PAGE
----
Understanding Medicare Enrollment


There are a number of different options to consider when signing up for Medicare. Understanding Medicare enrollment begins with understanding the different parts and your enrollment responsibilities for each.

Understanding the Different Parts of Medicare

Part A – Hospital Insurance

  • Helps cover inpatient care in hospitals
  • Helps cover skilled nursing facility, hospice and home health care

Part B – Medical Insurance

  • Helps cover doctors’ services, hospital outpatient care and home health care
  • Helps cover some preventive services to help maintain your health and to keep certain illnesses from getting worse

Part C – Medicare Advantage Plans (e.g. HMO or PPO)

  • Health plans run by Medicare approved private insurance companies
  • Medicare Advantage Plans (also calledPart C) include Part A, Part B, and may also include additional coverage (like Part D), sometimes for an extra cost

Part D – Medicare Prescription Drug Coverage

  • A prescription drug option run by Medicare approved private insurance companies
  • Helps cover the cost of prescriptions drugs
  • May help lower your prescription drug costs and help protect against higher costs in the future

Medicare Enrollment

Medicare enrollment begins three months before your 65th birthday and continues for 7 months. If you are currently receiving Social Security benefits, you don’t need to do anything. You will automatically be enrolled in Medicare Parts A and B effective the month you turn 65. If you do not receive Social Security benefits, then you will need to sign up for Medicare online through the Social Security Administration or by calling 800-772-1213. It is best to do it as early as possible so your coverage begins as soon as you turn 65.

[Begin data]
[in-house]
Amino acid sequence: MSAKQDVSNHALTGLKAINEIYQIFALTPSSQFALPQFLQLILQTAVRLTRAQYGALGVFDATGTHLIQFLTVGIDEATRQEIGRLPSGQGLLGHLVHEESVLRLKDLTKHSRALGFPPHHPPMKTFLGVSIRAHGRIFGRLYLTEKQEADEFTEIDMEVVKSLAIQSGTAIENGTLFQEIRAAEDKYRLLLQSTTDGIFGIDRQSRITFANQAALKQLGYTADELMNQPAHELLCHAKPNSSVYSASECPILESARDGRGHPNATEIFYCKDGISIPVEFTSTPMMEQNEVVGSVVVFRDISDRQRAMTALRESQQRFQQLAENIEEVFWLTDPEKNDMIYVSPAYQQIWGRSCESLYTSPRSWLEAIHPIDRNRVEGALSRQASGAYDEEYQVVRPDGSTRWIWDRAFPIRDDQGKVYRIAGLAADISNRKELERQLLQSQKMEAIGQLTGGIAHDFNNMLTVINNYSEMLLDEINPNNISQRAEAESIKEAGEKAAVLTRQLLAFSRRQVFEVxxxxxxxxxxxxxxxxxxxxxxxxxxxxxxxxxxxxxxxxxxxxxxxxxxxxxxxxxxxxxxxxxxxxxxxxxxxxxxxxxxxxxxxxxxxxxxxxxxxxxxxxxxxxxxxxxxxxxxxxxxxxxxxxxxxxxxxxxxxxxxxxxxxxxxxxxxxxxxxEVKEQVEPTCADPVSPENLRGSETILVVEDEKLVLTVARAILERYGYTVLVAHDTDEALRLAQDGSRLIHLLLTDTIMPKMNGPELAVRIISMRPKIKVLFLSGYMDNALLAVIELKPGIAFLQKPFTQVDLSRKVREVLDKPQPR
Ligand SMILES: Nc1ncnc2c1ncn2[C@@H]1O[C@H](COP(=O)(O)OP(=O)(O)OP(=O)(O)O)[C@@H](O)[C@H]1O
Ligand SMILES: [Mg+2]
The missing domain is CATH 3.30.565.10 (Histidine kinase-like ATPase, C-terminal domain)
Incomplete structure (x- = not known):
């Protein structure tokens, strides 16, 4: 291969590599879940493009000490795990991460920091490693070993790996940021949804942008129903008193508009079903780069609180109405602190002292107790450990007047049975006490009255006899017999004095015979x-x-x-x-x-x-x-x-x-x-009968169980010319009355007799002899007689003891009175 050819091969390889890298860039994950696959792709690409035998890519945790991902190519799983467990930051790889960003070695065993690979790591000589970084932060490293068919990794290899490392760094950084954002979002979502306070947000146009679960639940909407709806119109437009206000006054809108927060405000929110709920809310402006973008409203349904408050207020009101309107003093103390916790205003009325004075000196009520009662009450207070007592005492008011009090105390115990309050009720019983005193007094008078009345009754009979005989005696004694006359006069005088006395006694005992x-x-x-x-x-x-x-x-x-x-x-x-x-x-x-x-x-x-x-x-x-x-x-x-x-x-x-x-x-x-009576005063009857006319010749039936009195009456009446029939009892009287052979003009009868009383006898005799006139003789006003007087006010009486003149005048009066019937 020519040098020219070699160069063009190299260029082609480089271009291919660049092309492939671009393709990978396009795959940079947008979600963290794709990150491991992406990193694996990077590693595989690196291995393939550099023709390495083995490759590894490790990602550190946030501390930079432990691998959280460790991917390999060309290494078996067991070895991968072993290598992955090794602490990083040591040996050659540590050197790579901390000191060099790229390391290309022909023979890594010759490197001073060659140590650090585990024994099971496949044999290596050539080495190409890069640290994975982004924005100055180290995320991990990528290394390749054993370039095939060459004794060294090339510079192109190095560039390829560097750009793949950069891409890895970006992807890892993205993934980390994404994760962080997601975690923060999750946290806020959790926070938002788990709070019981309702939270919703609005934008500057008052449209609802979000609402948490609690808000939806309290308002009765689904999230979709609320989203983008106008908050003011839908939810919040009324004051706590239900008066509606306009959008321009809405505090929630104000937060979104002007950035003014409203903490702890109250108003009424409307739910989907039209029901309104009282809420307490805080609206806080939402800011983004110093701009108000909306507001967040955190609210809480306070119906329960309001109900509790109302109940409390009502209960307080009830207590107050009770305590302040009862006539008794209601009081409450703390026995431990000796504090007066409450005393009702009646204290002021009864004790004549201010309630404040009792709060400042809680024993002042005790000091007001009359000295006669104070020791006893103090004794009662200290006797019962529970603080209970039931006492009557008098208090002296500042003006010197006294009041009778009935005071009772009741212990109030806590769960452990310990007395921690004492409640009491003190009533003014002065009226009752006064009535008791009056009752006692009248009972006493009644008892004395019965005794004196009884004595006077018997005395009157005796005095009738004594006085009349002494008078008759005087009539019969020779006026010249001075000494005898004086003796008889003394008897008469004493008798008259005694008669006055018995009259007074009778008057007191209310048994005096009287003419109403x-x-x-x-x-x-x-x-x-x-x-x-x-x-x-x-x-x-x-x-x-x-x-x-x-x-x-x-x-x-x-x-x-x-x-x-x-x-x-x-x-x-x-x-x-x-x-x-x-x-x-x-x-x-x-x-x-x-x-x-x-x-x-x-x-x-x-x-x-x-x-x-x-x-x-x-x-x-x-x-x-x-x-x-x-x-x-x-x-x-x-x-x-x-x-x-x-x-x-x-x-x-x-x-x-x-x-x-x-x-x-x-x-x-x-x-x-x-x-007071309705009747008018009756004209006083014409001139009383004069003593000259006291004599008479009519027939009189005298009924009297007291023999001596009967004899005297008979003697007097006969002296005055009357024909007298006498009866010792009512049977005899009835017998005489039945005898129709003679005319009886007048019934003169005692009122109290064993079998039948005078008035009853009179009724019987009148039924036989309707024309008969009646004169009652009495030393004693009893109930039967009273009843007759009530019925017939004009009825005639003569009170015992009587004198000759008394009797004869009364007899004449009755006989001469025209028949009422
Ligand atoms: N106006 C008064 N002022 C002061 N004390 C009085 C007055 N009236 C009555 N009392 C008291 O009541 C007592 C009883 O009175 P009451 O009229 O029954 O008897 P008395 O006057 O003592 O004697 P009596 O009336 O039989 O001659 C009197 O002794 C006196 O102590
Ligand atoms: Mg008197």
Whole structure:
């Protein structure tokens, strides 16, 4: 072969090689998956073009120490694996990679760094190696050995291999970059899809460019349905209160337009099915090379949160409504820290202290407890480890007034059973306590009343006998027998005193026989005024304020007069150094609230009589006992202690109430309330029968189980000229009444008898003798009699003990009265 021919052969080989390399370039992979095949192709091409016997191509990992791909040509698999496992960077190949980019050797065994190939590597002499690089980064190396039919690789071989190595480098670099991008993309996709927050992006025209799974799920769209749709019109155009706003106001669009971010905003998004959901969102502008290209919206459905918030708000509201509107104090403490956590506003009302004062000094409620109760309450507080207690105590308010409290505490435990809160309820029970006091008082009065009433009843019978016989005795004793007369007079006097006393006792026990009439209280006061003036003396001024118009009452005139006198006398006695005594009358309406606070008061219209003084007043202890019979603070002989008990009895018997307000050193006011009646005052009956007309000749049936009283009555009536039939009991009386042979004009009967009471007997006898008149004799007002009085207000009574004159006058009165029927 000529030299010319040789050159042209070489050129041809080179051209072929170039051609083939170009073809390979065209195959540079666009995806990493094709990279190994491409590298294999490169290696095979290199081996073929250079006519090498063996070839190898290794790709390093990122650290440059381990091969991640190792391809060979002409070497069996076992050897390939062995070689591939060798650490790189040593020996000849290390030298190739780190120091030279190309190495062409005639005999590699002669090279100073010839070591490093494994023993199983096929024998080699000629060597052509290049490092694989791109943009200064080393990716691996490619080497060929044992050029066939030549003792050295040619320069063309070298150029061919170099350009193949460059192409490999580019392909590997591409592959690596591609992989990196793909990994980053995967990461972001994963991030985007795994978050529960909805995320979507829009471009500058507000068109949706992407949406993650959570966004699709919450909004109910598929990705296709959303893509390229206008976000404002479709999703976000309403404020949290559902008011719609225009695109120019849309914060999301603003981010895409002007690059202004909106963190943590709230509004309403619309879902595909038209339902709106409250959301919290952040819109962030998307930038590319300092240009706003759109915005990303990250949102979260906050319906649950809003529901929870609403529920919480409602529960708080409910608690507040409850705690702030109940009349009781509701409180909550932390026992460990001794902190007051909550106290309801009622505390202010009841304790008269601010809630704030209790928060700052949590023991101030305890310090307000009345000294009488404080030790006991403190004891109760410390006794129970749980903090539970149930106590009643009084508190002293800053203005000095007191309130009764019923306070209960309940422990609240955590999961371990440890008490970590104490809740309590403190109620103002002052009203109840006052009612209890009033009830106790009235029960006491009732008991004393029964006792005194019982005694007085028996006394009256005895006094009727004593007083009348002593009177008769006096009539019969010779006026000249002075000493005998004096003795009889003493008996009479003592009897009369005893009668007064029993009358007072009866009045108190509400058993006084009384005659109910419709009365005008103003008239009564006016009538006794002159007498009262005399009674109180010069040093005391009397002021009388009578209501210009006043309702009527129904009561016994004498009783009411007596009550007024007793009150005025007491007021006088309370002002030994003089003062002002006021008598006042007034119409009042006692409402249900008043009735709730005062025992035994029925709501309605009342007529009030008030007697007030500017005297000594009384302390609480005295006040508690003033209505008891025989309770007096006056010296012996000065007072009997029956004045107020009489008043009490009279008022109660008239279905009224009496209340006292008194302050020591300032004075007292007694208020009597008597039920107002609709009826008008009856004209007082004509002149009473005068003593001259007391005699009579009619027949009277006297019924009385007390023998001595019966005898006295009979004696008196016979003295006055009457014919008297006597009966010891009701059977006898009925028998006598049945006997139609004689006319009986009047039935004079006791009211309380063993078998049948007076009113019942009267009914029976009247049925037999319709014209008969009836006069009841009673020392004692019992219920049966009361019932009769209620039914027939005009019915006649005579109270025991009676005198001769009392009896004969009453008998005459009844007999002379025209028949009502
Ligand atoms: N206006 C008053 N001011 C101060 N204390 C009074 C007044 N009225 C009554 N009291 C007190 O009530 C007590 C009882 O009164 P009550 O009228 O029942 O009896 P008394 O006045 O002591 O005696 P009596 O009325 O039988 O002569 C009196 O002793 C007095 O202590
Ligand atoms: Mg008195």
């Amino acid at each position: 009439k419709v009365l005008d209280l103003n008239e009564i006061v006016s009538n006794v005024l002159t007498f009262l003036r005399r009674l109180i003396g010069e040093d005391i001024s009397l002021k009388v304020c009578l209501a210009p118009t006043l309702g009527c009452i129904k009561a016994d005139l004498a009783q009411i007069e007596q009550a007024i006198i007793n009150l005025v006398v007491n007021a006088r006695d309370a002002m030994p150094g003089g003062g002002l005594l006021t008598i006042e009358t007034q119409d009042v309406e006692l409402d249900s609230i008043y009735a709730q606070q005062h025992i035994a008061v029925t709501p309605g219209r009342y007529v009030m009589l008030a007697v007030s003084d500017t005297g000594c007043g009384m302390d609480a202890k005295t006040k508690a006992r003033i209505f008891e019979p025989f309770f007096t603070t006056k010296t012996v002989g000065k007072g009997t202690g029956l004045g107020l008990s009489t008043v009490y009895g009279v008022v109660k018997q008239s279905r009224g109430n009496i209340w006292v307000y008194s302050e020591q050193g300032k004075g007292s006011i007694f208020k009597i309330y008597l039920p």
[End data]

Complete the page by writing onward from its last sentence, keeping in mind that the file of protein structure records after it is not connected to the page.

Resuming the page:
If you are still working and have an employer or union group health insurance plan, it is possible you do not need to sign up for Medicare Part B right away. You will need to find out from your employer whether the employer’s plan is the primary insurer. If Medicare, rather than the employer’s plan, is the primary insurer, then you will still need to sign up for Part B. Even if you aren’t going to sign up for Part B, you may still enroll in Medicare Part A, which may help pay some of the costs not covered by your group health plan.

If you don’t have an employer or union group health insurance plan, or that plan is secondary to Medicare, it is extremely important to sign up for Medicare Part B during your initial enrollment period. (Note: COBRA coverage does not count as a health insurance plan for Medicare purposes. If you do not sign up for Part B right away, then you may be subject to a penalty.

With all the deductibles, co-payments and coverage exclusions, Medicare pays for only about half of your medical costs. Much of the balance not covered by Medicare can be covered by purchasing a so-called “Medigap” insurance policy from a private insurer. You can search online for a Medigap policy in your area.

If you’d like further help navigating through the different parts of Medicare, you can contact Virginia Van Haren.

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